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Last Updated: Tuesday, 16 May 2006, 14:39 GMT 15:39 UK
No third term for Nigerian leader
Nigeria's President Olusegun Obasanjo
Mr Obasanjo's second term in office ends next year
Nigeria's Senate has thrown out a move to allow President Olusegun Obasanjo to seek a third term in office next year - an issue which has divided the country.

Opponents shouted for joy as the bill to amend the constitution was rejected.

Supporters of the third term bid spent days in talks trying to acquire a two-thirds majority in parliament.

The BBC's Alex Last says after this devastating blow in the Senate, it appears that Nigeria will be choosing a new president in elections next year.

After a debate, shown live on national television, and a unanimous vote, the senate president said the body would discontinue further proceedings on the bill.

President Olusegun Obasanjo has never said publicly that he would like to remain in office after his current term expires next year.

New move

However, those who had been seeking a third term are pushing to end the current system of two four-year terms for presidents and state governors and see them instead serve one six-year term.

Nigerian Vice-President Atiku Abubakar
Vice-President Atiku Abubakar would like to stand for president

But for another bill on amending the constitution to be even discussed before elections due early next year, a two-thirds majority would be needed in both houses of parliament and in the state assemblies, which analysts say is unlikely.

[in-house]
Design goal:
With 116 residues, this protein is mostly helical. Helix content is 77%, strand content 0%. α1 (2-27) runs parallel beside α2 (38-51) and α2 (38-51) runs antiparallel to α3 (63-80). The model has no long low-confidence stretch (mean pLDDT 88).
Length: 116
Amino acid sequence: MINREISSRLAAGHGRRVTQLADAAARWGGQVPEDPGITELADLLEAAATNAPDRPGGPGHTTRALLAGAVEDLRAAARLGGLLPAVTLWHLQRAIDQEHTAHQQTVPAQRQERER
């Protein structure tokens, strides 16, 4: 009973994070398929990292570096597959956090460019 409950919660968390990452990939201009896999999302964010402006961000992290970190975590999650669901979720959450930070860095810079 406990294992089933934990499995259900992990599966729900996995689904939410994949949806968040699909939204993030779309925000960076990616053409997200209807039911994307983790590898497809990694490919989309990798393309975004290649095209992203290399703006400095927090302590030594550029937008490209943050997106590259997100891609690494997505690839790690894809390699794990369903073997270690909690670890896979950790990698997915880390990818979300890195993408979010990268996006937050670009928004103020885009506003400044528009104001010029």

"Since it is dead in the Senate, what the House of Representatives is doing now, or would be doing, is an academic exercise," said Senator Victor Ndoma-Egba.

On Monday, Nigeria's anti-corruption agency announced it was investigating claims that MPs have been offered bribes to back moves to let the president seek re-election.

The Economic and Financial Crimes Commission (EFCC) said it was following up claims that MPs had been offered up to 50m naira ($390,000; 206,000).

Vice-President Atiku Abubakar, who wants the top job, had declared himself against the constitutional amendment.

He has helped Mr Obasanjo win two elections and has held the position of vice-president since 1999.

Some opponents of the constitutional change argue that the presidency needs to rotate among people from different regions and ethnic groups.

A prominent financial supporter of President Obasanjo's election campaigns and another former military ruler, General Ibrahim Badamasi Babangida, is tipped as another strong possible candidate.




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